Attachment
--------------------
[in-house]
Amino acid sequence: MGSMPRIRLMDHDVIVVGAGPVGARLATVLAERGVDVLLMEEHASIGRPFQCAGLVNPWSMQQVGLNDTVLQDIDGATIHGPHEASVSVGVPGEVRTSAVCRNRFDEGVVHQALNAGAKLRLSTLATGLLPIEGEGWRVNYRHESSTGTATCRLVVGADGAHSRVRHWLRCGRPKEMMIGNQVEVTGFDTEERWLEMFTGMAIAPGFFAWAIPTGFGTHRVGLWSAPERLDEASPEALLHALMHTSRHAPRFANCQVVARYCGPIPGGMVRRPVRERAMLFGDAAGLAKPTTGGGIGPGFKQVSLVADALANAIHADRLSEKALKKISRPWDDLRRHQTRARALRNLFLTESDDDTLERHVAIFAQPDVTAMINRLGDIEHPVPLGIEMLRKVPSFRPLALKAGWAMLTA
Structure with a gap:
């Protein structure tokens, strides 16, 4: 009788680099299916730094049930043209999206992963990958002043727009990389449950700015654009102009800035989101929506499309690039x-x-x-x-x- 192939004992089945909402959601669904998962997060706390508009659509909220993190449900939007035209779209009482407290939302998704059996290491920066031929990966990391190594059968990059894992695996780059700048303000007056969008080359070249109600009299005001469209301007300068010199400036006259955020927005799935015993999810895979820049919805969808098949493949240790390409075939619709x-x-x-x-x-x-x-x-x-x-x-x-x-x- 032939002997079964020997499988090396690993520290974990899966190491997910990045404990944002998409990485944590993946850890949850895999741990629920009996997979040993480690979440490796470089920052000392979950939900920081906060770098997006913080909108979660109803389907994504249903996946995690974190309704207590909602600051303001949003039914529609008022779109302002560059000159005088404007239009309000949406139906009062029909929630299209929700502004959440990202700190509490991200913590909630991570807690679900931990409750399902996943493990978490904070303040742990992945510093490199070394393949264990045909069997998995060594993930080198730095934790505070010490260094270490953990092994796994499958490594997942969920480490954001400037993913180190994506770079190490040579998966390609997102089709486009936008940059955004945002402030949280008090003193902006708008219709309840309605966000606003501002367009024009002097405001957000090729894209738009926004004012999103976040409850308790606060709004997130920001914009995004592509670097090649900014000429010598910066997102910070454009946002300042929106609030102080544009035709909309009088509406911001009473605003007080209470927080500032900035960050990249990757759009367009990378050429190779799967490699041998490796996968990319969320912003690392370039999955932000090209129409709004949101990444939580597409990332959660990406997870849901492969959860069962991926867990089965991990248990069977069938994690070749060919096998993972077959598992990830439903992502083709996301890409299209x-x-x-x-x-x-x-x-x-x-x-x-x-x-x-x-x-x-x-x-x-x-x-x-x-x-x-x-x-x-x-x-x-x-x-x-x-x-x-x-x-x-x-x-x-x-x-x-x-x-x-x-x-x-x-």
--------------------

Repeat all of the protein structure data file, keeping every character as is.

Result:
[in-house]
Amino acid sequence: MGSMPRIRLMDHDVIVVGAGPVGARLATVLAERGVDVLLMEEHASIGRPFQCAGLVNPWSMQQVGLNDTVLQDIDGATIHGPHEASVSVGVPGEVRTSAVCRNRFDEGVVHQALNAGAKLRLSTLATGLLPIEGEGWRVNYRHESSTGTATCRLVVGADGAHSRVRHWLRCGRPKEMMIGNQVEVTGFDTEERWLEMFTGMAIAPGFFAWAIPTGFGTHRVGLWSAPERLDEASPEALLHALMHTSRHAPRFANCQVVARYCGPIPGGMVRRPVRERAMLFGDAAGLAKPTTGGGIGPGFKQVSLVADALANAIHADRLSEKALKKISRPWDDLRRHQTRARALRNLFLTESDDDTLERHVAIFAQPDVTAMINRLGDIEHPVPLGIEMLRKVPSFRPLALKAGWAMLTA
Structure with a gap:
């Protein structure tokens, strides 16, 4: 009788680099299916730094049930043209999206992963990958002043727009990389449950700015654009102009800035989101929506499309690039x-x-x-x-x- 192939004992089945909402959601669904998962997060706390508009659509909220993190449900939007035209779209009482407290939302998704059996290491920066031929990966990391190594059968990059894992695996780059700048303000007056969008080359070249109600009299005001469209301007300068010199400036006259955020927005799935015993999810895979820049919805969808098949493949240790390409075939619709x-x-x-x-x-x-x-x-x-x-x-x-x-x- 032939002997079964020997499988090396690993520290974990899966190491997910990045404990944002998409990485944590993946850890949850895999741990629920009996997979040993480690979440490796470089920052000392979950939900920081906060770098997006913080909108979660109803389907994504249903996946995690974190309704207590909602600051303001949003039914529609008022779109302002560059000159005088404007239009309000949406139906009062029909929630299209929700502004959440990202700190509490991200913590909630991570807690679900931990409750399902996943493990978490904070303040742990992945510093490199070394393949264990045909069997998995060594993930080198730095934790505070010490260094270490953990092994796994499958490594997942969920480490954001400037993913180190994506770079190490040579998966390609997102089709486009936008940059955004945002402030949280008090003193902006708008219709309840309605966000606003501002367009024009002097405001957000090729894209738009926004004012999103976040409850308790606060709004997130920001914009995004592509670097090649900014000429010598910066997102910070454009946002300042929106609030102080544009035709909309009088509406911001009473605003007080209470927080500032900035960050990249990757759009367009990378050429190779799967490699041998490796996968990319969320912003690392370039999955932000090209129409709004949101990444939580597409990332959660990406997870849901492969959860069962991926867990089965991990248990069977069938994690070749060919096998993972077959598992990830439903992502083709996301890409299209x-x-x-x-x-x-x-x-x-x-x-x-x-x-x-x-x-x-x-x-x-x-x-x-x-x-x-x-x-x-x-x-x-x-x-x-x-x-x-x-x-x-x-x-x-x-x-x-x-x-x-x-x-x-x-």